23 image The American secretary placed a high priority on religious work in Saxony, but he faced a serious problem: of the fifty thousand POWs in the kingdom, only two hundred were Protestants, and the ban against proselytizing restricted his religious work. Jacob, however, always worked with French Catholic and Russian Orthodox priests. image He provided icons, altar decorations, incense, sacred pictures, white flour for holy bread, New Testaments, Old Testaments, prayer books, and Jewish religious paraphernalia. Jacob also worked to help POWs through the Christmas season. In December 1916, Jacob sent Christmas cards to British, French, Serbian, Russian, and Belgian POWs, as well as to their German guards. He also dispatched two hundred parcels of games, musical instruments, and Christmas tree candles to POW barracks, hospital wards, and working parties. In camps that did could not afford to purchase Christmas trees, he made sure that the POWs obtained large trees and decorations. image He sought to spread the "real Christmas spirit," and recommended that the Association multiply its yuletide efforts for the next holiday season. Most importantly, Jacob recognized that physical relief was becoming increasingly critical. While British, French, and Belgian prisoners received food parcels to supplement their rations, he feared that many Russian and Serbian POWs would not survive the war. He strove to find clothing and food for these men. Jacob had food parcels sent from the WPA Office in Copenhagen for the neediest Serbian and Russian prisoners. The POW situation was similar in the Protestant kingdom of Württemberg, and the Ministry of War in Stuttgart permitted the YMCA to set up programs for Allied prisoners under its jurisdiction.20

24 image WPA service in Roman Catholic Bavaria was more of a challenge. In October 1916, Hoffman received permission from the Ministry of War in Munich to conduct an extensive survey of prison camps across the kingdom. With the support of the Prussian Ministry of War, "which urgently commended the wish," Hoffman described the services the Association would offer Allied prisoners under Bavarian care, and how reciprocal care would aid Bavarian prisoners held by the Allies. image He succeeded, and the Bavarians permitted the establishment of WPA operations to serve prisoners under their control. Hoffman assigned Alfred Lowry, Jr. to take over as WPA field secretary in Bavaria. Lowry concentrated on Traunstein, a civilian internment camp with a large Serbian population, and Lechfeld. Armed with funds provided by American friends, the American secretary visited POWs and distributed two Marks apiece to needy prisoners, especially those who were unable to work. image As in the rest of Germany, Lowry found a wide range of conditions among the Allied POWs in Bavaria in terms of the support they received from home. The French prisoners were in excellent shape (although the secretary noted that they also had the most desires and requests), while Russian POWs ranged from fair to poor condition. The Serbian prisoners were in the worst shape by far. Lowry set up a special fund for the welfare of Serbian prisoners, but these men were in real distress, and "a game of checkers or a mouth organ affords but scant comfort."21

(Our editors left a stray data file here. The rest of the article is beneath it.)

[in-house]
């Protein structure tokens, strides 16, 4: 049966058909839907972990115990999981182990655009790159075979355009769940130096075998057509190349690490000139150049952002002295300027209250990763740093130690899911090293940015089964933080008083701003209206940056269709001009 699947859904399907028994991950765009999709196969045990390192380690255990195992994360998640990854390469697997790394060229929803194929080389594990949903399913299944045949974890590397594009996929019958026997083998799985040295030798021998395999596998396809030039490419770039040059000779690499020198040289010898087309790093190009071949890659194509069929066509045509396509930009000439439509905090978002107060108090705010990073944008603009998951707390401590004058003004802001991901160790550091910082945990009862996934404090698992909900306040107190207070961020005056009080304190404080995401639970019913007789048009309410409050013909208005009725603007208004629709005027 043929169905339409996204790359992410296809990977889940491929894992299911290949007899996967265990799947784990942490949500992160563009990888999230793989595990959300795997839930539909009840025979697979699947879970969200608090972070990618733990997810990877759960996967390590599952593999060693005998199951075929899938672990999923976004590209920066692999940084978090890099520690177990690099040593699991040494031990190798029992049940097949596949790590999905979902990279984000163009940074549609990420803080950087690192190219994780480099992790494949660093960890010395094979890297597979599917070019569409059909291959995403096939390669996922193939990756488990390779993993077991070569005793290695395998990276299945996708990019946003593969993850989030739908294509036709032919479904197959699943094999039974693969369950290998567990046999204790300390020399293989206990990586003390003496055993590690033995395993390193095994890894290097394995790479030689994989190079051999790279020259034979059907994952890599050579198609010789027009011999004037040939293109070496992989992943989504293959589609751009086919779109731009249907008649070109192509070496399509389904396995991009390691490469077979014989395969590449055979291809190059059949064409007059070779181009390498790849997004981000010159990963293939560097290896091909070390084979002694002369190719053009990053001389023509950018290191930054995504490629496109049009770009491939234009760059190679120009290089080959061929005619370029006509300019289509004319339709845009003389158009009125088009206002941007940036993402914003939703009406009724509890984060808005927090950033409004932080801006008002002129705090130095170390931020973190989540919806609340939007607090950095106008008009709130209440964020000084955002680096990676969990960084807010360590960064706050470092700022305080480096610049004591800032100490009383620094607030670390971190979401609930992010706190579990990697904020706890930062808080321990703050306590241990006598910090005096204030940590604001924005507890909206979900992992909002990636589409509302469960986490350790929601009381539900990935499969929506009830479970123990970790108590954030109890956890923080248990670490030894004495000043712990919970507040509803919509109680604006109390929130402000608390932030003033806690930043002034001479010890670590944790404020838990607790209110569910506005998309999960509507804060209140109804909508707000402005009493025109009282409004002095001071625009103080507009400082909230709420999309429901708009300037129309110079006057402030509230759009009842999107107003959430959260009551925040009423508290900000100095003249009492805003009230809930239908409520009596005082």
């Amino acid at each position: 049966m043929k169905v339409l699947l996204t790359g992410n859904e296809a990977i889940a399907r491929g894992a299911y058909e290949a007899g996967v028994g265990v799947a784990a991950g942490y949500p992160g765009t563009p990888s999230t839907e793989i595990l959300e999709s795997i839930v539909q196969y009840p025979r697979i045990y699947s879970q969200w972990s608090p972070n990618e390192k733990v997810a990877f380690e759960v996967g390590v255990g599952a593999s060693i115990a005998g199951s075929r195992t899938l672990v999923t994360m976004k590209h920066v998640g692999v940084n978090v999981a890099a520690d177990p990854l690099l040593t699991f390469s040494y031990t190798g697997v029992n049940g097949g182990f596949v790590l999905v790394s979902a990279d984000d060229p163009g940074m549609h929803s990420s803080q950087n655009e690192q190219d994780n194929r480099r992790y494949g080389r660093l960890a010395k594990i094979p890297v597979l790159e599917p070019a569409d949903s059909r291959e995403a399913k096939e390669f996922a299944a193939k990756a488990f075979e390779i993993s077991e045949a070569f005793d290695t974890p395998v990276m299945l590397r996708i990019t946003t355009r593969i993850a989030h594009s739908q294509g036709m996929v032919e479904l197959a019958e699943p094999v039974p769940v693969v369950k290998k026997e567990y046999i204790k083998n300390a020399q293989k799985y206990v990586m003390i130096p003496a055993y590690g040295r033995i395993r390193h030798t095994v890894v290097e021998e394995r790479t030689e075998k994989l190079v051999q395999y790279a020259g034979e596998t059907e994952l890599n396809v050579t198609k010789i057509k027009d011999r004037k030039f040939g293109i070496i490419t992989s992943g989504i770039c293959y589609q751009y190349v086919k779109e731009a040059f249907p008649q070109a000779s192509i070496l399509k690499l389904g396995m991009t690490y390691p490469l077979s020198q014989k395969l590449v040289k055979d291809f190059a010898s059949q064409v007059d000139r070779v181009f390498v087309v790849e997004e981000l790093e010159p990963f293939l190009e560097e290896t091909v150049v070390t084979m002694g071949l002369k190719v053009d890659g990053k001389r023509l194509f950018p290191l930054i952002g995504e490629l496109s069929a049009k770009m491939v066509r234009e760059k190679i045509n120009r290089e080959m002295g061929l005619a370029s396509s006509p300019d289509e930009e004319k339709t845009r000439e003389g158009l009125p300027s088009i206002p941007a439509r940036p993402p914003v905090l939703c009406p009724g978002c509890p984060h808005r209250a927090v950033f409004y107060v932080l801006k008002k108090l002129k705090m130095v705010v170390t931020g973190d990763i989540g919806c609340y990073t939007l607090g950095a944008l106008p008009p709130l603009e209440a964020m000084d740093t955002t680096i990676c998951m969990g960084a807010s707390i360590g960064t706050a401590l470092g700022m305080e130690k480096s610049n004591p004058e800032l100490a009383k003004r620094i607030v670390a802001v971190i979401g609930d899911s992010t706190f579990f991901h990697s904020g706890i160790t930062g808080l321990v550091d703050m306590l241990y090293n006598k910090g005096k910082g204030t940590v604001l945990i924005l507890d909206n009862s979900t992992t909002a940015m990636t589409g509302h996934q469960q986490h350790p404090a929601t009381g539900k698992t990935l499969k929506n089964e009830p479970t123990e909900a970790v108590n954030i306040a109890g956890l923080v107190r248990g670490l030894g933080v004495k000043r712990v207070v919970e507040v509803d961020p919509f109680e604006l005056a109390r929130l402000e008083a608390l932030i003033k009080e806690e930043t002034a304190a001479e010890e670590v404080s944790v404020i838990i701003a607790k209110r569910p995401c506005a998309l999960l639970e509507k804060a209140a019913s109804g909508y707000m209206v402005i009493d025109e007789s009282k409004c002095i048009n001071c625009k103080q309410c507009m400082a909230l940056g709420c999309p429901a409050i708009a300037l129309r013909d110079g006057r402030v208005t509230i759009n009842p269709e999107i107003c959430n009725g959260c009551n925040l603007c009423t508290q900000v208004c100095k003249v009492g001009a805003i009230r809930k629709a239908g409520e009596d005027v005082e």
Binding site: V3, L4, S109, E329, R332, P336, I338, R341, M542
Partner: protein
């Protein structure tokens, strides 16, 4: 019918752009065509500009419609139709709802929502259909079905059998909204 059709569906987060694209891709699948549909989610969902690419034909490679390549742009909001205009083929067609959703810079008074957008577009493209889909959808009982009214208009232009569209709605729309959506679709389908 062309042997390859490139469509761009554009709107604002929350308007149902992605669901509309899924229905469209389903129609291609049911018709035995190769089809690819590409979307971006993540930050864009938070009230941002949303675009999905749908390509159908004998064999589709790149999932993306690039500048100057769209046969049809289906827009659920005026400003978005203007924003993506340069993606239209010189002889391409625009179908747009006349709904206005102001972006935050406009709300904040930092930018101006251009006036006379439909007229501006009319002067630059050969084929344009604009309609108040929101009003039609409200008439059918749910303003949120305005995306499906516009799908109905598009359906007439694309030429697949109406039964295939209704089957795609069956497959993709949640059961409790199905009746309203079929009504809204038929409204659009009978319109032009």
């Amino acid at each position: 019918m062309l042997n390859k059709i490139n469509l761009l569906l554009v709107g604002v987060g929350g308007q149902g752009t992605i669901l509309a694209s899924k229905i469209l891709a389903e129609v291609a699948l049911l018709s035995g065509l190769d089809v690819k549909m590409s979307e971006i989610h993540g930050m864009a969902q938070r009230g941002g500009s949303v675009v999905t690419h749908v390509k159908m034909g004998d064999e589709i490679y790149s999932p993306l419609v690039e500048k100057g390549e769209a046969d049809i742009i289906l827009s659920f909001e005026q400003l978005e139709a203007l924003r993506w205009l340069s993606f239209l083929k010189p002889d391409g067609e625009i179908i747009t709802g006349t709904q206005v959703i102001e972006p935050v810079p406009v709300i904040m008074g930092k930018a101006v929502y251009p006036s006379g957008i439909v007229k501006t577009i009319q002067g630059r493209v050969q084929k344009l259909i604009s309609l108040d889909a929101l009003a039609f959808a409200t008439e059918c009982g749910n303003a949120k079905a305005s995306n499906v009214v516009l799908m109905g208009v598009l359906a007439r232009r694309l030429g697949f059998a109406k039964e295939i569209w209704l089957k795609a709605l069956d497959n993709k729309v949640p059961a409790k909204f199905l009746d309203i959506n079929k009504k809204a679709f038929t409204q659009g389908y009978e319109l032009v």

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25 Like secretaries in other parts of Germany, Lowry had to address the issue of prisoners assigned to labor detachments scattered across the kingdom. Large numbers of Allied POWs ended up working on farms, detailed in groups as small as one to three prisoners. As a result, Lowry set up an extensive correspondence program. He sent everything from soccer balls to blackboards to labor detachments and main prison camps, including textbooks, games (chess, checkers, dominoes, and lotto), orchestra music, mouth organs, and anatomical charts for a class of Russian students. Despite all of his efforts, he reported that he had unfilled requests for playing cards, wigs for plays, and decorations for the interior of a Catholic chapel. Conditions in Bavaria were the same as the rest of Germany.22

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26 image By February 1917, the American YMCA had an extensive WPA system in place across Germany and Austria-Hungary. The Association had opened Central Power prison camps to WPA field secretaries, and these men had established a broad range of welfare services for Allied prisoners. The YMCA overcame the problems associated with labor detachments, conducting operations in the lesser German kingdoms, and even extending Association programs to POWs in propaganda camps. The one area where success eluded the Association was in the establishment of a food supply distribution system. The YMCA's WPA organization came to a grinding halt in February 1917 when the United States broke diplomatic relations with Germany. The future of the POW relief program looked bleak as the Association had to decide whether or not to pull American secretaries out of service in Central Europe.